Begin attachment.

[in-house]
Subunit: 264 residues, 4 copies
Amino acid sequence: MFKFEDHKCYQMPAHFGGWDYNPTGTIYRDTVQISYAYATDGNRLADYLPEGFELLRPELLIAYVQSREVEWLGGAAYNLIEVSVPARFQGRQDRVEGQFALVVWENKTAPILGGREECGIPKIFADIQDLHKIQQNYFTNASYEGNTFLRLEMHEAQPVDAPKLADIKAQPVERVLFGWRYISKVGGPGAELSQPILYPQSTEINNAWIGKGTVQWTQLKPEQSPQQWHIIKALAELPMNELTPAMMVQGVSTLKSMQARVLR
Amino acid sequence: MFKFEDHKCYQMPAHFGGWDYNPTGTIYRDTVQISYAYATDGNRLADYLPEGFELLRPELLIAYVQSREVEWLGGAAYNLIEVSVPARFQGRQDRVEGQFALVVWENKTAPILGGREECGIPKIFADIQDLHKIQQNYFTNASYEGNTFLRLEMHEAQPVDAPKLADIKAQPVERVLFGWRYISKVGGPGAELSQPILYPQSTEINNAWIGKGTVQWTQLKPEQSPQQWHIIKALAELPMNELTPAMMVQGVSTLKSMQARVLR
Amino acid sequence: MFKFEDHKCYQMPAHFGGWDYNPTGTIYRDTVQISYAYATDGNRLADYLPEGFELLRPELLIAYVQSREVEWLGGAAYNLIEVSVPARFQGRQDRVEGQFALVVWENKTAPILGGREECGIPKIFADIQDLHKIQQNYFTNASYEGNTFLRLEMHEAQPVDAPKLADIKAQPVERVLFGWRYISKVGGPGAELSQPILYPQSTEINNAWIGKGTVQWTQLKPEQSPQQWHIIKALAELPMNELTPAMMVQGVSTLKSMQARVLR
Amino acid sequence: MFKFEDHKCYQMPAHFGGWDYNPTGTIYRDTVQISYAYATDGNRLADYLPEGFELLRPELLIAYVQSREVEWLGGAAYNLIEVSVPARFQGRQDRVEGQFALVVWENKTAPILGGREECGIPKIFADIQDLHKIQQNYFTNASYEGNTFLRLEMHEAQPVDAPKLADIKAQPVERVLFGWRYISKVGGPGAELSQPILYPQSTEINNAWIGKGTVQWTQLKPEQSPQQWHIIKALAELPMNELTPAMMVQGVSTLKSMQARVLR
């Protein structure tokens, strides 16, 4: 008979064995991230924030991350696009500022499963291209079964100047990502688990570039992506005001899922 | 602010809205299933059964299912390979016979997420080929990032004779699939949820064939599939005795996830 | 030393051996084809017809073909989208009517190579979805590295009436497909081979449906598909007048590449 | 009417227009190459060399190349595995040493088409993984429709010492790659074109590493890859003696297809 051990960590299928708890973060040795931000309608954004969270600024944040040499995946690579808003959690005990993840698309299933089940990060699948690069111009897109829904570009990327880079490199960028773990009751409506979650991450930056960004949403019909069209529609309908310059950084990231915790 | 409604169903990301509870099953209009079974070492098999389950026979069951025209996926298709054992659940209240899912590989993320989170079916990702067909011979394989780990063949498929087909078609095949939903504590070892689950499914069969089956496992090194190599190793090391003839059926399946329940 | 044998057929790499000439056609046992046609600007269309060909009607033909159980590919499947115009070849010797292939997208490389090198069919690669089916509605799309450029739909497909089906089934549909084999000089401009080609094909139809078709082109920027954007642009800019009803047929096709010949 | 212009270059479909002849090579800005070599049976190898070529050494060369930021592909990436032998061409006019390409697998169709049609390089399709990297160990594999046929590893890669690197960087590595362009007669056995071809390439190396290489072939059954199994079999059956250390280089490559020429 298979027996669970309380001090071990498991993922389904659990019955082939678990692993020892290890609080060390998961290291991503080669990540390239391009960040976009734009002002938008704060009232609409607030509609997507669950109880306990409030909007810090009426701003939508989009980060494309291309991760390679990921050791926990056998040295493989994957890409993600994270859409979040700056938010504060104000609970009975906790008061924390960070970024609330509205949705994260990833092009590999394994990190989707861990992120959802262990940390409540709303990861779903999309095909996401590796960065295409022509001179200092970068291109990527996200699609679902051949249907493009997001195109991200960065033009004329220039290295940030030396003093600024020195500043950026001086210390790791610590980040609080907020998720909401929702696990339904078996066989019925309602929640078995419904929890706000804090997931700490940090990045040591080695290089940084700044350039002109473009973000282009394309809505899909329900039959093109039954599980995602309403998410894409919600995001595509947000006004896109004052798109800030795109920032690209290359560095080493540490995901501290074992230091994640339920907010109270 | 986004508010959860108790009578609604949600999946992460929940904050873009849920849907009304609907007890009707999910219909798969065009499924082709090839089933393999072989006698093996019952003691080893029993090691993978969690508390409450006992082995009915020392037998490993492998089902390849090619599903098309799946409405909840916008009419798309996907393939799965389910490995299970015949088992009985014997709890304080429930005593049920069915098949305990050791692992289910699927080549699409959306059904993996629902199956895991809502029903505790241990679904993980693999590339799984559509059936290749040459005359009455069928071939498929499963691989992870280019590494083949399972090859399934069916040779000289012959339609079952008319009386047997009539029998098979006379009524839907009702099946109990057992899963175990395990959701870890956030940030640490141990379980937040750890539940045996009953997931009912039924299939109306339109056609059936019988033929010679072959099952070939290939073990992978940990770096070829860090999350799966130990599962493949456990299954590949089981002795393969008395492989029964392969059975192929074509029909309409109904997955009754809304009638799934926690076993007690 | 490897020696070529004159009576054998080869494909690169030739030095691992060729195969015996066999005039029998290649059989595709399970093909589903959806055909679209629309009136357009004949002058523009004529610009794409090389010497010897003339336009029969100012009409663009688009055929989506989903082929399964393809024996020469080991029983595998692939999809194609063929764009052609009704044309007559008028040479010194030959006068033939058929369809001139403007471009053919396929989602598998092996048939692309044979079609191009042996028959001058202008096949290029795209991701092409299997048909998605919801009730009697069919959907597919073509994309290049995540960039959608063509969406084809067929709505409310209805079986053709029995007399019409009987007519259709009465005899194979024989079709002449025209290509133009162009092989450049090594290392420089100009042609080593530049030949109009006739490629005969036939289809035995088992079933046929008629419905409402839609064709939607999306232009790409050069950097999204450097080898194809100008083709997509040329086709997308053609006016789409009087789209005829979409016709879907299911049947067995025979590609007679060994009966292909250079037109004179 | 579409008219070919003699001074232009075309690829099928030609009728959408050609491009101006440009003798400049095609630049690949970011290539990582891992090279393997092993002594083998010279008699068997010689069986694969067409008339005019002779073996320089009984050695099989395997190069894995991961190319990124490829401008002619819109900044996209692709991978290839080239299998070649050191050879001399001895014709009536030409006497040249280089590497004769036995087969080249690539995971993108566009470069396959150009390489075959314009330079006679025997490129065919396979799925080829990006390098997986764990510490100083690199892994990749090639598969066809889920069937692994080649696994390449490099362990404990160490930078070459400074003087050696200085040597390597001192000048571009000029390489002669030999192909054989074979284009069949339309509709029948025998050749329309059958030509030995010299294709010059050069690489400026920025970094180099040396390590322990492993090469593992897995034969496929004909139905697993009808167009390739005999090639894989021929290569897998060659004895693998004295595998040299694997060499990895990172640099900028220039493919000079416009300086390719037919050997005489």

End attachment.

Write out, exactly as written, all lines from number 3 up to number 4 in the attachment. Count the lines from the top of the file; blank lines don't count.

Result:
Amino acid sequence: MFKFEDHKCYQMPAHFGGWDYNPTGTIYRDTVQISYAYATDGNRLADYLPEGFELLRPELLIAYVQSREVEWLGGAAYNLIEVSVPARFQGRQDRVEGQFALVVWENKTAPILGGREECGIPKIFADIQDLHKIQQNYFTNASYEGNTFLRLEMHEAQPVDAPKLADIKAQPVERVLFGWRYISKVGGPGAELSQPILYPQSTEINNAWIGKGTVQWTQLKPEQSPQQWHIIKALAELPMNELTPAMMVQGVSTLKSMQARVLR
Amino acid sequence: MFKFEDHKCYQMPAHFGGWDYNPTGTIYRDTVQISYAYATDGNRLADYLPEGFELLRPELLIAYVQSREVEWLGGAAYNLIEVSVPARFQGRQDRVEGQFALVVWENKTAPILGGREECGIPKIFADIQDLHKIQQNYFTNASYEGNTFLRLEMHEAQPVDAPKLADIKAQPVERVLFGWRYISKVGGPGAELSQPILYPQSTEINNAWIGKGTVQWTQLKPEQSPQQWHIIKALAELPMNELTPAMMVQGVSTLKSMQARVLR